Fingers Crossed Behind Back

Are the Risks of Exchange-Traded Funds Being Downplayed?

Fingers Crossed Behind Back

A key risk inherent in exchange-traded funds (ETFs) is being misrepresented by its proponents, charges Mercer Bullard and the Consumer Federation of America. Sponsors of ETFs responded variously-challenging the critics' data, agreeing, or vowing to change future practices.

At issue is clarifying the nature of ETFs to investors. While most ordinary mutual funds can only be bought or sold at the end of the day at the calculated net asset value (NAV), ETFs are traded through the day on the American Stock Exchange at prices that aren't guaranteed to match the underlying value of the stocks in the portfolio.

With many ETFs the variations are negligible. But some of the funds trade at prices that can vary considerably from the correspondent NAV at the time of the trade. In such cases an investor who inadvertently buys an ETF at a premium to its underlying value is exposed to natural corrective forces (namely savvy traders who exploit the difference between the trading price and the NAV).

According to Mr. Bullard, the risk of price variation is greatest on international stocks. Materials from ETF proponents and the American Stock Exchange have "misrepresented" the risk, he contends.

In a Wall Street Journal article by Karen Damato and Aaron Lucchetti, various ETF supporters responded to the charges. Lee Kranefuss of Barclays Global Investors, said his firm had fully disclosed the mechanics and risks of ETFs. Even so, in May Barclays agreed to provide additional information on its ETF Web site about the daily premiums and discounts of some of its iShares.

Presently many of the ETFs that trade on the American Stock Exchange have three ticker symbols: one shows the trading value, another shows the estimated NAV of the underlying stocks, and the third shows the official NAV of the underlying stocks at the previous day's close.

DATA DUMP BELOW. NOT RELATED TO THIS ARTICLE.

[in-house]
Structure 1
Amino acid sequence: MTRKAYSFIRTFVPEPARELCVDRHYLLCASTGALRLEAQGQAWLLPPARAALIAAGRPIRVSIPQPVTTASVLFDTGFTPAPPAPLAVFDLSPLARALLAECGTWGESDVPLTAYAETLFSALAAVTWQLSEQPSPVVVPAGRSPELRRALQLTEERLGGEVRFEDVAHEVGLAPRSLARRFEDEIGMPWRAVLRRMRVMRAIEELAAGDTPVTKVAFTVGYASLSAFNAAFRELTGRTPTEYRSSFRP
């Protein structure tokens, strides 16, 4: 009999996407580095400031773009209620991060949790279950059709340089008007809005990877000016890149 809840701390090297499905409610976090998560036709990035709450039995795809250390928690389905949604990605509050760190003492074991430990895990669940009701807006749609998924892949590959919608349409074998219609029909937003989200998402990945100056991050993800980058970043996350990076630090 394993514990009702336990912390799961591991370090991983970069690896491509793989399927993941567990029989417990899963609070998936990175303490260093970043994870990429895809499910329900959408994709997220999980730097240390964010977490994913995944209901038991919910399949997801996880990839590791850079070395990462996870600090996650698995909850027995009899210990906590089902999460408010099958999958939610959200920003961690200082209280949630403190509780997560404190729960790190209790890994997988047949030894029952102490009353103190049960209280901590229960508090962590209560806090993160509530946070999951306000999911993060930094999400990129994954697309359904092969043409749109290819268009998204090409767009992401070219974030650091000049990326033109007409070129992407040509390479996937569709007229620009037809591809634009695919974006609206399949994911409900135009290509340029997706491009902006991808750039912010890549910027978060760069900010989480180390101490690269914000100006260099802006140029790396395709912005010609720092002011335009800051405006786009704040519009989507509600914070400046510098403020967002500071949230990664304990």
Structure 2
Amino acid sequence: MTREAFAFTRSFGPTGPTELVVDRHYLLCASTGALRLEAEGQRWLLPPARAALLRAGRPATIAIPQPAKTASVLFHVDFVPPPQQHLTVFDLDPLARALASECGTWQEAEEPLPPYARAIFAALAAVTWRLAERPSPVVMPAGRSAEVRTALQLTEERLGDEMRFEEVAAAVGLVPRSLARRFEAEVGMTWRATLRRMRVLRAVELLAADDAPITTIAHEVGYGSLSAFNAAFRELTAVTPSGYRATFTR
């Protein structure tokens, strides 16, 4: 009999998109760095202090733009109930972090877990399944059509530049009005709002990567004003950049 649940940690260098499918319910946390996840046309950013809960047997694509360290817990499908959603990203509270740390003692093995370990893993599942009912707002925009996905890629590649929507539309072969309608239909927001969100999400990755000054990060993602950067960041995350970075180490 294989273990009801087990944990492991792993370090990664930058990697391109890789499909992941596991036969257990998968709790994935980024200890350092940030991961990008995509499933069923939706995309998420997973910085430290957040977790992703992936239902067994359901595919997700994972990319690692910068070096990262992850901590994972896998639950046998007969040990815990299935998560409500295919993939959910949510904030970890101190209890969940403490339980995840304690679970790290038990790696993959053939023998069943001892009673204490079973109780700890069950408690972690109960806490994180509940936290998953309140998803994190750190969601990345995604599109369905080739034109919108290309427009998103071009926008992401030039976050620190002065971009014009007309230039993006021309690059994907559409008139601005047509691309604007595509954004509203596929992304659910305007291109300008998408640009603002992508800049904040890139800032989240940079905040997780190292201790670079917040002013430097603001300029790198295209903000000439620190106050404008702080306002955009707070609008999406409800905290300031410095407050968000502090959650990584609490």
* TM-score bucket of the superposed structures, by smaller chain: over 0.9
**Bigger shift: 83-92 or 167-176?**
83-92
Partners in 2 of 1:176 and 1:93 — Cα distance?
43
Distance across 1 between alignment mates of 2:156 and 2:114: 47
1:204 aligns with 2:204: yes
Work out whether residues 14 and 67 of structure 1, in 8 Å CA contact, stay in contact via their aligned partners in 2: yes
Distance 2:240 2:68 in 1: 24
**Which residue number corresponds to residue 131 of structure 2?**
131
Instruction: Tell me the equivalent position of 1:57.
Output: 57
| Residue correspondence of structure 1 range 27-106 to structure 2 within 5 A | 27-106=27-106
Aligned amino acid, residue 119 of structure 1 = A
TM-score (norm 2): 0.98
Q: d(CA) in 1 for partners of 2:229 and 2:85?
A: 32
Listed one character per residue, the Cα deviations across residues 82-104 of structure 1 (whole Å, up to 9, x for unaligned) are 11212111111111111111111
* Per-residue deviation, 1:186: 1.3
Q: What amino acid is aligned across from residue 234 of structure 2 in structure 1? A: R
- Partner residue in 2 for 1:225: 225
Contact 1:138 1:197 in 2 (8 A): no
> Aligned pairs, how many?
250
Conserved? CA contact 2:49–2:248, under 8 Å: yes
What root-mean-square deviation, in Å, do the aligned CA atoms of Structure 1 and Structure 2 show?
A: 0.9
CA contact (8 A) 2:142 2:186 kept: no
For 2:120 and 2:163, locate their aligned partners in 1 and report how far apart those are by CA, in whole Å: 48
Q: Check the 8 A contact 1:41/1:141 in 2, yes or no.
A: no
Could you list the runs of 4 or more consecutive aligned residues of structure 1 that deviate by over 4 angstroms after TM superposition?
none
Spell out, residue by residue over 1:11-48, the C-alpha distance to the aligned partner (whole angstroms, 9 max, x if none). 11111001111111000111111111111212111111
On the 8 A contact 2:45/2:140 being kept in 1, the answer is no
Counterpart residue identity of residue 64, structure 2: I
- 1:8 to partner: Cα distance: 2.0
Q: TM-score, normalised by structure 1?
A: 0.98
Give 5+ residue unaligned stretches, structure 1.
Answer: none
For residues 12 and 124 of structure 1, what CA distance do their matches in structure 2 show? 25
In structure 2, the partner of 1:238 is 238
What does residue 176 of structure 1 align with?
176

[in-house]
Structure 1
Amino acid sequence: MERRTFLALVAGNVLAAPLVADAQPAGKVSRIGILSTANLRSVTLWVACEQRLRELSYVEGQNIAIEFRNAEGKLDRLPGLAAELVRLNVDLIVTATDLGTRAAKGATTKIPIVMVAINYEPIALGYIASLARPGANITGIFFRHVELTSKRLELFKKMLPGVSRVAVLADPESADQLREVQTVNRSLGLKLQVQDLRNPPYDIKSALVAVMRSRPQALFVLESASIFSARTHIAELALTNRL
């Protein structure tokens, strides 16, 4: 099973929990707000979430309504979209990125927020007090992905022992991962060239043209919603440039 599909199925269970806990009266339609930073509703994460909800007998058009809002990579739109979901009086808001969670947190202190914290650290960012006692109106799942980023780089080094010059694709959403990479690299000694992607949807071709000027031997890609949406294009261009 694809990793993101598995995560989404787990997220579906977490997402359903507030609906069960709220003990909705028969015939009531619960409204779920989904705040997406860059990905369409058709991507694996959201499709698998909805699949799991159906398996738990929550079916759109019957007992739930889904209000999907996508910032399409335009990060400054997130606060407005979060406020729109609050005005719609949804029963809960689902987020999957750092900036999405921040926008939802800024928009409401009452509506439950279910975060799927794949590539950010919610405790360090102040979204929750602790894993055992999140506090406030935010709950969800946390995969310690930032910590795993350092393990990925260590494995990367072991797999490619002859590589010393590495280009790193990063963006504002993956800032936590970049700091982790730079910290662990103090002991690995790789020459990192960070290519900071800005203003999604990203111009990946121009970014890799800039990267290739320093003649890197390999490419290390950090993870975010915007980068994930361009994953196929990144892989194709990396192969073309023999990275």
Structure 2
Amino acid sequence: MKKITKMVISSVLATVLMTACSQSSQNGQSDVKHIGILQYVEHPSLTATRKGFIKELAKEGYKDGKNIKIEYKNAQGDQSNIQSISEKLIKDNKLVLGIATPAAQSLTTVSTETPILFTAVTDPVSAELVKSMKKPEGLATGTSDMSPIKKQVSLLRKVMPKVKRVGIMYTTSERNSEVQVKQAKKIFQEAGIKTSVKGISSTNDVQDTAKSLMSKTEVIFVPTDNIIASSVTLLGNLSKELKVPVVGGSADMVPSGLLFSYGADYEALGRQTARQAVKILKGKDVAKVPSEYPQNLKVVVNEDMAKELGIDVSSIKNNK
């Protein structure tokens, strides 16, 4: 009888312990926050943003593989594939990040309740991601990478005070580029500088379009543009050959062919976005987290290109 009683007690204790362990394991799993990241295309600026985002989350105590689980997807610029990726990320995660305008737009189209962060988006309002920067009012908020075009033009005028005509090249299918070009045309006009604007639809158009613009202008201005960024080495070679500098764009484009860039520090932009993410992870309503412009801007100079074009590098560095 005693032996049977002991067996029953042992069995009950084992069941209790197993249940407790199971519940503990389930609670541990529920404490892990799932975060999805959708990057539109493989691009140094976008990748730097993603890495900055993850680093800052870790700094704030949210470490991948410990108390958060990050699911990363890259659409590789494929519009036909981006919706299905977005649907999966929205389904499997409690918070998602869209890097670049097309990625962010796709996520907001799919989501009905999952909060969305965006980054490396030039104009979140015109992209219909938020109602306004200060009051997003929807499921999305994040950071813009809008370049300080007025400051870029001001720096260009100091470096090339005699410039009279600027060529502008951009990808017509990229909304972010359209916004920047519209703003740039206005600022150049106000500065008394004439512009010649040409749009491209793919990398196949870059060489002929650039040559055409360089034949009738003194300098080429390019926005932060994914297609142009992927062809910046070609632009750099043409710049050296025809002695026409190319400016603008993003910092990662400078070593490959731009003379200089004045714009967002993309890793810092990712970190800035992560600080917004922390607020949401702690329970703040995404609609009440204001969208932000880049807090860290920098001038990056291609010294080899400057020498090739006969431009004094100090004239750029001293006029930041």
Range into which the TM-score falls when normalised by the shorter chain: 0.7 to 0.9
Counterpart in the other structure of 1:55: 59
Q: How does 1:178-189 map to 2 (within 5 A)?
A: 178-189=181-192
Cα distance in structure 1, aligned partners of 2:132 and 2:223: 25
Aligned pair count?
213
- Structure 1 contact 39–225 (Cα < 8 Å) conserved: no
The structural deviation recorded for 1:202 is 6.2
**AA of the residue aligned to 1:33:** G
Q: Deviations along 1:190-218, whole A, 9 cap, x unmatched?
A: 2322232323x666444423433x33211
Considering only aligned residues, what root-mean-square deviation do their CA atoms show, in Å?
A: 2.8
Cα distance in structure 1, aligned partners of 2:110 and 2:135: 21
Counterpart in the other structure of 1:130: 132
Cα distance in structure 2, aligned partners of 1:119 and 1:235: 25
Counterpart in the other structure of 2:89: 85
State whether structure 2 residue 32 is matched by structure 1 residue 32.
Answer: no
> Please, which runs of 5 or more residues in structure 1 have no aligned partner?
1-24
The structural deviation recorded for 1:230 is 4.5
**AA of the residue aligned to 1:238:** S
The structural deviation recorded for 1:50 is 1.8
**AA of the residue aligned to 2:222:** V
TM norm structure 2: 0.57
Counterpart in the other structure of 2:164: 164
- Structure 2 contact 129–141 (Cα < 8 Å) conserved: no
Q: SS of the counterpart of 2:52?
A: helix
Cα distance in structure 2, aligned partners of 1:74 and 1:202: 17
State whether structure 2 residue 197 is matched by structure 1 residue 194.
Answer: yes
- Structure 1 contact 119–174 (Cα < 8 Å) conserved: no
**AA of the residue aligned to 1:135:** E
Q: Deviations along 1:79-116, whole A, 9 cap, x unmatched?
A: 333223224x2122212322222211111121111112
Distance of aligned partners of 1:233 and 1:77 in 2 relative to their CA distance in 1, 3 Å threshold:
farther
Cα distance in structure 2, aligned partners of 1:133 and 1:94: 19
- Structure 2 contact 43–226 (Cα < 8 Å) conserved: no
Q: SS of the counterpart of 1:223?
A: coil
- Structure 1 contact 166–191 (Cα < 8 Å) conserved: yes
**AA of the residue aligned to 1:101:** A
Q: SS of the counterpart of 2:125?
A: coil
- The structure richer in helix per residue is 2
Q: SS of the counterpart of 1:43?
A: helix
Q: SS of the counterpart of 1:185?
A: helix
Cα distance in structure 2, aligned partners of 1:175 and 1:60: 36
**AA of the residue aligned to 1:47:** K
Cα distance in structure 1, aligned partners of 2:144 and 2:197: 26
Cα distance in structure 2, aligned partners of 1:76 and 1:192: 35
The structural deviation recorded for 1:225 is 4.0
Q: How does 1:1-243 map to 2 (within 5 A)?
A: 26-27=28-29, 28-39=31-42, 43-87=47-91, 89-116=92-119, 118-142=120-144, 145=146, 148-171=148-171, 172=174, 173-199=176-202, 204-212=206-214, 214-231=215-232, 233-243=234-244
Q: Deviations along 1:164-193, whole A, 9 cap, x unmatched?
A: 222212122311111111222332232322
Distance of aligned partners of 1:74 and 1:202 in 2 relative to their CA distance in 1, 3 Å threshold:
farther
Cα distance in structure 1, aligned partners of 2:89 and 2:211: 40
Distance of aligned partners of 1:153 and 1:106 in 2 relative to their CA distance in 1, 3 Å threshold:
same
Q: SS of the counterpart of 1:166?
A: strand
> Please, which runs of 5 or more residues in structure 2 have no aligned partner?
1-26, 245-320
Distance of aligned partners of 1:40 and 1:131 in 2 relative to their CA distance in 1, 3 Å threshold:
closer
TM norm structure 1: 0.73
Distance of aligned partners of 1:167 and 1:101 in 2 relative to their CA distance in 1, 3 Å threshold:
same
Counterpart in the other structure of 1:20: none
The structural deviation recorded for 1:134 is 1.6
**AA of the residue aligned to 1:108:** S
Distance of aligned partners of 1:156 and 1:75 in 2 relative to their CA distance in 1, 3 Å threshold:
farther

Unfortunately, this information is presently only available for United States-based ETFs. The same information is not readily available to most retail investors trading in low-volume international funds. With the recent exposure to this information, however, look for this information to soon appear.

Gus Fleites, director of ETFs at State Street Global Advisors, agreed that price variation can be significant for some funds and may not always be explained clearly. Regarding ETFs that track international-stock indexes or lightly traded U.S. industry sectors, he noted, "Retail investors, beware.."

Fund specialists, including Mr. Bullard, have praised ETFs not just for allowing intra-day trading, but also for their ability to feature lower operating expenses and greater tax efficiency. Expect the transparency of trading/NAV differentials to increasingly fall into the public domain. Traders, not funds, gain from the premiums/ discounts.

With Barclays already voluntarily posting the information, it seems likely the problem will soon to be largely resolved. Aside from increased transparency cutting down the gap, one expects that the increased attention to the issue will also help narrow the premiums that are exploited by traders. In the meantime, let the buyer beware.